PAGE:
A report on American Indian boarding schools revealed the horrendous treatment of indigenous children.

According to a report released by the Department of the Interior on Wednesday, the United States admits to massive and violent treatment of Native American students in more than 400 federally run Indian boarding schools between 1819 and 1969.

According to the report, more than 500 American Indian, Alaska Native and Native Hawaiian children have died in 19 federal Indian boarding schools. A total of 53 marked and unmarked burials have been identified nationally at these school facilities. An investigation is ongoing and the department said, “The approximate number of Indian children killed in federal Indian boarding schools is expected to be in the tens or tens of thousands.”

In the early 19th century America, Indigenous children were “chosen” from reserved schools and separated from their families to attend government-approved schools. said.

Boys in uniform at the Albuquerque Indian School, circa 1900.
Young boys in uniform at the Albuquerque Indian School, circa 1900.

National Archives

Indian boarding schools, often located on active or retired military bases, have used what the report calls “systematic militarization and identity change methodology” to separate children from their families and force them to relinquish their mother tongue and culture.

The children had their hair cut and were given English names. They had to follow a strict schedule that included English, obedience, cleanliness, and Christian classes.

According to the report, day-to-day was so tightly structured that “there were very few opportunities to exercise a choice.”

Children who did not follow school standards or broke the rules were subjected to “corporal punishment, such as solitary confinement, whips, food bans, flogging, slaps, and handcuffs.” Older children forced punishment on younger children.

The report detailed “pervasive physical, sexual and emotional abuse, illness, malnutrition, overcrowding and lack of health care.” In some boarding schools, several children were required to sleep in one bed.

The Home Office report identified 408 federally operated schools in 37 states. As for the number of schools, Oklahoma had the most with 76, followed by Arizona with 44, New Mexico with 43, and South Dakota with 30.

The Interior Ministry said it was not disclosing the location of the children’s burial site publicly, “to prevent well-documented robbery, vandalism and other disturbances to the Indian burial site.” However, efforts are being made to inform the tribes of the burial site.

Home Secretary Deb Haaland and Assistant Secretary for Indian Affairs Bryan Newland have released the first volume of a 106-page investigation report as part of the 2021 Federal Indian Boarding Schools Initiative.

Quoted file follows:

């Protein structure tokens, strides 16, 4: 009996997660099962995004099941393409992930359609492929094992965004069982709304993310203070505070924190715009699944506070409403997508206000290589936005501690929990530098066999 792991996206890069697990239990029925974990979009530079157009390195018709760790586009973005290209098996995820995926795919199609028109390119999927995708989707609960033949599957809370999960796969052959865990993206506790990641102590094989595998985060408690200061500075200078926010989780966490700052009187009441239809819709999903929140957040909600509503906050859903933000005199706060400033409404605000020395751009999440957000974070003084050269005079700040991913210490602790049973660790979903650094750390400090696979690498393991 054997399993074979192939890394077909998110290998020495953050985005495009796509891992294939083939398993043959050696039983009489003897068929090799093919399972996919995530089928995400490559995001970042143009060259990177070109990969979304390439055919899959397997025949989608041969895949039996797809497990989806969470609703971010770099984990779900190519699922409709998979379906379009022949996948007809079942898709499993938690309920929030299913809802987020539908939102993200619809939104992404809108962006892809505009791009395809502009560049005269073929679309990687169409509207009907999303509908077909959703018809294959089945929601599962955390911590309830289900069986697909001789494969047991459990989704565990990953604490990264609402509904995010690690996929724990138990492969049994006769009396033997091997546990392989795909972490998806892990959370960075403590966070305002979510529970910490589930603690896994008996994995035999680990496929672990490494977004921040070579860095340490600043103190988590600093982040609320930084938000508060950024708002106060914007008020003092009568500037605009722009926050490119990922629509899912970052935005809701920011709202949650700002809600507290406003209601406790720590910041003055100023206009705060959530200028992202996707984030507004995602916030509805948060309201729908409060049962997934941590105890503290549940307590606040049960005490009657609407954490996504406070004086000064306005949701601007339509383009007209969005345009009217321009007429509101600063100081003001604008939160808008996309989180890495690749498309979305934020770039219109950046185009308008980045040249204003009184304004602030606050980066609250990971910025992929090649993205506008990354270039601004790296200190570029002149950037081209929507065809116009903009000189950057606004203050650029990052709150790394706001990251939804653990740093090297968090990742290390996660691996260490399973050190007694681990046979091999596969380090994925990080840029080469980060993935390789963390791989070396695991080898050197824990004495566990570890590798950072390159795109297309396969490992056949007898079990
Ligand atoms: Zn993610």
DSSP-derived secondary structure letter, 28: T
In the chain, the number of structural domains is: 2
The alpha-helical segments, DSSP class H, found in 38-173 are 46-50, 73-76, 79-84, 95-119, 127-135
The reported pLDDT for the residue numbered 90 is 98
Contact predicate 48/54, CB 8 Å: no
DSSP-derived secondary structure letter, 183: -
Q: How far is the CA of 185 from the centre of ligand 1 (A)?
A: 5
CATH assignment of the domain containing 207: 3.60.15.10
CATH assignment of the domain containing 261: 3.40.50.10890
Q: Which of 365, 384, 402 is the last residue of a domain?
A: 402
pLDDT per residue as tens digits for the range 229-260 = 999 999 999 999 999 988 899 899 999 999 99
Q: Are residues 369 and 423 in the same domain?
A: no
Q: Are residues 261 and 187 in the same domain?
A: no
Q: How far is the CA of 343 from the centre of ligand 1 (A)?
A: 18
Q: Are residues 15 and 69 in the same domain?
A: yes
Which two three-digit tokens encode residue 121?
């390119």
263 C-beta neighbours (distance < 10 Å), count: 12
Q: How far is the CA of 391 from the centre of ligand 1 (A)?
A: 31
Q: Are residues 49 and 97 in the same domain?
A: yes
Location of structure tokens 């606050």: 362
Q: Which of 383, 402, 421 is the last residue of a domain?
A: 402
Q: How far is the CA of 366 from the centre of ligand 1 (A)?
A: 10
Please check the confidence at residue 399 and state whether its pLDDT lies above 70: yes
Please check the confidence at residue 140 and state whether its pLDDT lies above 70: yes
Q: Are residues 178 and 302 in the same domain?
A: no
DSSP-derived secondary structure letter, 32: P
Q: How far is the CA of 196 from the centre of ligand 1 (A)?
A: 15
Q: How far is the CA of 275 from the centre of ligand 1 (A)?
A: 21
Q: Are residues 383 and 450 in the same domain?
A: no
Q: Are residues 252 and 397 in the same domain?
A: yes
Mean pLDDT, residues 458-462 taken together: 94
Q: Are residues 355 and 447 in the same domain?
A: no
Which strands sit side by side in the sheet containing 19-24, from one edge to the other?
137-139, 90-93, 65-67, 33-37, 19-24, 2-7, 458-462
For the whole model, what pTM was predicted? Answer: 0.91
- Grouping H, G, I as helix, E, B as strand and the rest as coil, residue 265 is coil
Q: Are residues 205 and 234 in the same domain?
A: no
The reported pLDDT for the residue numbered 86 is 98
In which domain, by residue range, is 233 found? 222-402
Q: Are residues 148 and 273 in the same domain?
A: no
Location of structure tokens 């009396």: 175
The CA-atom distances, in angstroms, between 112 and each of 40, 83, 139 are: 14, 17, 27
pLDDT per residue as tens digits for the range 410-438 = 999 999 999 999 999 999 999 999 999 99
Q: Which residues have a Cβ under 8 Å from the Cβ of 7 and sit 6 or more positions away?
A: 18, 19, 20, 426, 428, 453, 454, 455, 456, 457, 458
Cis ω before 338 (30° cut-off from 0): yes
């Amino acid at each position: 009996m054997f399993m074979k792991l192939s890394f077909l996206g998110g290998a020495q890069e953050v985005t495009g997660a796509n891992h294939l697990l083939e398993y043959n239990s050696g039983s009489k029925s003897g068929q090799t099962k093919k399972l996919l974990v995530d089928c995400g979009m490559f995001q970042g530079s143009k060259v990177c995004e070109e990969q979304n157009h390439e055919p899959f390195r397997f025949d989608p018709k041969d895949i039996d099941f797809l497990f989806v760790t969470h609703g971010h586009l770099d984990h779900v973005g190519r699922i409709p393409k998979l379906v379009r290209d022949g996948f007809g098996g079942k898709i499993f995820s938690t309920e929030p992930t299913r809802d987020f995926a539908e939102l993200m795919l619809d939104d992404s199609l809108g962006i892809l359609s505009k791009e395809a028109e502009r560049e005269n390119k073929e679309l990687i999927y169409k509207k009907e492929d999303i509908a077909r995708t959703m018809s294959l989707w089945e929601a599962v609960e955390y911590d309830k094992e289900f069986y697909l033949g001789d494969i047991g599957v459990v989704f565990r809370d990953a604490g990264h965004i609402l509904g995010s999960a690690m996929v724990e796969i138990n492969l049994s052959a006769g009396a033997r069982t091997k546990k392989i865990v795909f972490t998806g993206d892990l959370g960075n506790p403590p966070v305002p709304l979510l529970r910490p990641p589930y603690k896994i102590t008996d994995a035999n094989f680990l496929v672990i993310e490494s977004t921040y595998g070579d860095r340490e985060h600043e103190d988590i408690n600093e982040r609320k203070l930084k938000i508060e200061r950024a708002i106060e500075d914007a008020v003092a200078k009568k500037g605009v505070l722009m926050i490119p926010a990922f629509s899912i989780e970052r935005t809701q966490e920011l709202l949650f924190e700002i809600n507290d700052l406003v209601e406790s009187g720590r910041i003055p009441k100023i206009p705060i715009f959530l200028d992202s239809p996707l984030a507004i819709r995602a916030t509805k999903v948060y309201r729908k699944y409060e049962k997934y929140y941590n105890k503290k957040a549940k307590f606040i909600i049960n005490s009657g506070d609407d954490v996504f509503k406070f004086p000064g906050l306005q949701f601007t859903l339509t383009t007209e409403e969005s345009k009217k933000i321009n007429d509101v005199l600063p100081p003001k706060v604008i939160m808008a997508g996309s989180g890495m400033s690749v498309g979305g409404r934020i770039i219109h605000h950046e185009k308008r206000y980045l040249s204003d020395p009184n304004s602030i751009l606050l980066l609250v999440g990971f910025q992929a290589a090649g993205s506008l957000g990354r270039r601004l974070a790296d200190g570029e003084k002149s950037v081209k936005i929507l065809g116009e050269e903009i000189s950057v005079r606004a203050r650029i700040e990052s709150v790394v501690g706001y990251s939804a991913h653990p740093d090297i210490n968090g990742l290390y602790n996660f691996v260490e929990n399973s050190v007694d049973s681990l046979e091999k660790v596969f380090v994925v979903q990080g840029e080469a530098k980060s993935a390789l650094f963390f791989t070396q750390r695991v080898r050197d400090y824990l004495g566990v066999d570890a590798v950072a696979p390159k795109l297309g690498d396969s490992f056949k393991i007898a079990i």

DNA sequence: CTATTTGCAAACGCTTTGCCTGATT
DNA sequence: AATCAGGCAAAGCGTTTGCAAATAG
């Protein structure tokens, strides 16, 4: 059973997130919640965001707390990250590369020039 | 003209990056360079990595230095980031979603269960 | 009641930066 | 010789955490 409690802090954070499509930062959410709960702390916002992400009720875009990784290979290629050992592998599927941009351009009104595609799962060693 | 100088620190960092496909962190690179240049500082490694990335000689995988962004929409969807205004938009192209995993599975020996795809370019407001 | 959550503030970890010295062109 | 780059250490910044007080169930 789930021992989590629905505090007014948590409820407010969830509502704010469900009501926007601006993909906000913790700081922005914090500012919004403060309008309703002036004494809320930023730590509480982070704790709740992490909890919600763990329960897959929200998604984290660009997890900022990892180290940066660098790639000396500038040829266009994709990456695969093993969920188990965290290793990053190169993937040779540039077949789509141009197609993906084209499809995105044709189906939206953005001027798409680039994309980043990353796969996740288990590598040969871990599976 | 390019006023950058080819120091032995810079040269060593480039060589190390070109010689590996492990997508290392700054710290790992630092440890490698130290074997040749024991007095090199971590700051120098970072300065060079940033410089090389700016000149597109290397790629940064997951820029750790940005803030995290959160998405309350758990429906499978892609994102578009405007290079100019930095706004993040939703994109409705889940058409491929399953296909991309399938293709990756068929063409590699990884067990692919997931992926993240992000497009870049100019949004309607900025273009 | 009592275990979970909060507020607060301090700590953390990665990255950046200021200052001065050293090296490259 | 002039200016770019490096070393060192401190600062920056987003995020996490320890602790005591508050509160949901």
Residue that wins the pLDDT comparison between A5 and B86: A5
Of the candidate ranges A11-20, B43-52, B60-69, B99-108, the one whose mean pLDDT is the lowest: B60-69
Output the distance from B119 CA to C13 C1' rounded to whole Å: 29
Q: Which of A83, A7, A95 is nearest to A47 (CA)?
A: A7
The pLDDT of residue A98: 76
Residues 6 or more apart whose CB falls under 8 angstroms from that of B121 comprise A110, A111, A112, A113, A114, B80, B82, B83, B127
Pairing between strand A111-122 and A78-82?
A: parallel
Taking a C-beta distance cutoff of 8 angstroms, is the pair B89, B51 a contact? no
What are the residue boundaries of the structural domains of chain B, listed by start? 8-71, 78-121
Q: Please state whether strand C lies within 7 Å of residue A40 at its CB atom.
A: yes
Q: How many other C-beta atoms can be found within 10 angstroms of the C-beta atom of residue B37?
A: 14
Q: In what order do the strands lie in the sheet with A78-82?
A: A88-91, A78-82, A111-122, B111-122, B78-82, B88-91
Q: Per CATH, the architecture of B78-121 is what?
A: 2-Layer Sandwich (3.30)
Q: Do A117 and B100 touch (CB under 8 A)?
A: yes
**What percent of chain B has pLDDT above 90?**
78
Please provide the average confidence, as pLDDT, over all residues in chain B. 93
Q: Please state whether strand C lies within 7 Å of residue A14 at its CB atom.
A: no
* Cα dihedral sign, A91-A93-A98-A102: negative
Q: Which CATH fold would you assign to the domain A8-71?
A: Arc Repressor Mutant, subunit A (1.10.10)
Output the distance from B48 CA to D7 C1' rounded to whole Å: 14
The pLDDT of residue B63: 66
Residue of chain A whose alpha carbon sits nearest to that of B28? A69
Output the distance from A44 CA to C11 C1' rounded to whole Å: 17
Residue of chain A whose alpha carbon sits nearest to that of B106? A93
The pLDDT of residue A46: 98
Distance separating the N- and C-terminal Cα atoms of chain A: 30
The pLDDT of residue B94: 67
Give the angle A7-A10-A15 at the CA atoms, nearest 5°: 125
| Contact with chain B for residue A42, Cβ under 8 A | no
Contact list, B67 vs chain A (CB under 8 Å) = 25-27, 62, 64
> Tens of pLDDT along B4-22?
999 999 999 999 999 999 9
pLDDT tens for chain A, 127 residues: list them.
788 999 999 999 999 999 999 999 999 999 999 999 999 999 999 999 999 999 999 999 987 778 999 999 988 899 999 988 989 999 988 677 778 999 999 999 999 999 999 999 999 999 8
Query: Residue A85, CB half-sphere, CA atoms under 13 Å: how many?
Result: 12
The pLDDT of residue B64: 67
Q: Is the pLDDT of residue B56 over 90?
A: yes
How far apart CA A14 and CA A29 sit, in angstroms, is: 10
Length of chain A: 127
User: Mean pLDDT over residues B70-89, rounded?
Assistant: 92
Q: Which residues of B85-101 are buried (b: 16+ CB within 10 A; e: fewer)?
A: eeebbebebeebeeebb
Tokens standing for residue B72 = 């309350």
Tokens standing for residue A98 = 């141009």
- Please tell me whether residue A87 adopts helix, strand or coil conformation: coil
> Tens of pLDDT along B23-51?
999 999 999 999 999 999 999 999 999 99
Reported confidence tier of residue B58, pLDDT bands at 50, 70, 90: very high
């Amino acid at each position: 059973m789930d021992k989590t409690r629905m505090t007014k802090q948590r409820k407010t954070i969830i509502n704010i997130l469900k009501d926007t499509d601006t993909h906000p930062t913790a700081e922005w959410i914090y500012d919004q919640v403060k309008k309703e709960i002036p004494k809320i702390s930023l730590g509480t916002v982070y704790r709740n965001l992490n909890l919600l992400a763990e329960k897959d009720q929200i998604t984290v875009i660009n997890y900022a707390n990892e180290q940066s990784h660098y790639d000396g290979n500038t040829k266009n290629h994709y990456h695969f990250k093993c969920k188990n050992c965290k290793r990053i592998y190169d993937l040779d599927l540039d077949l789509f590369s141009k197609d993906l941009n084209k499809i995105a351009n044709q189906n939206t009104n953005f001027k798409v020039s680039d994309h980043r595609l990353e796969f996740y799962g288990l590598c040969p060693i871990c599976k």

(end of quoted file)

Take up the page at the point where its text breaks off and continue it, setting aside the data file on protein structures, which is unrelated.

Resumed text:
“The report explains that by placing the federal Indian boarding school system in a historical context, the United States has established this system as part of its broader goal to drive out Indian tribes, Alaskan Native villages, and Native Hawaiian communities from the territory to support expansion. .American,” wrote Newland. “Federal Indian boarding school policy has purposely aimed to assimilate Native American, Alaska Native, and Native Hawaiian children and consequently usurp their territories.”

Young female student sitting on sewing machine in classroom at Phoenix Indian Industrial School.
Undated photo of a teacher and a young schoolgirl sitting with a sewing machine in a classroom at the Phoenix Indian Industrial School.

Walter J. Lubken/US Landfill Phoenix Regional Office

This boarding school was funded by Congress and used housing provided by the federal government. In 1978, the Indian Child Welfare Act was passed, which sought to leave Native American children with their families, rather than their families. As of 2019, there were only four boarding schools operated by the Indian Department of Education, and they no longer serve to assimilate students.

Wednesday’s report also notes a history of the Home Office’s slow response to the horrific boarding school situation. Citing the Ministry of Education’s recognition of “progress” in 1897 when “most schools” students provided their respective students with towels, combs, hairbrushes and toothbrushes instead of being forced to share toiletries.

The children received several hours of vocational training each day, including raising livestock and poultry, dairy farming, lumber and carpentry, blacksmithing, developing irrigation systems, cooking and building railroads.

The boarding school also taught non-Indians, including emancipated blacks known as “free men,” and concluded that the federal Indian boarding school system “continues to affect the present health” of former students living today.

“Adult attendees are now more likely to suffer from cancer (3x more), tuberculosis (2x more), high cholesterol (95%), diabetes (81%), anemia (61%), arthritis (60%), gallbladder disease ( 60%).”

In response to these discoveries, Haaland, the first Native American cabinet minister, heard and supported federal boarding school survivors, and published a permanent oral history.

“The consequences of federal Indian boarding schools policy, including the intergenerational trauma of family separation and the cultural extermination of generations of children under four, are heartbreaking and undeniable,” Haaland said in a statement. “We continue to see evidence of these attempts to forcibly assimilate indigenous peoples from the inequalities our communities face. Addressing enduring legacy as well as giving a voice to survivors and descendants of federal Indian boarding school policy is my priority. We are implementing these policies to help Indigenous peoples continue to grow and heal.”

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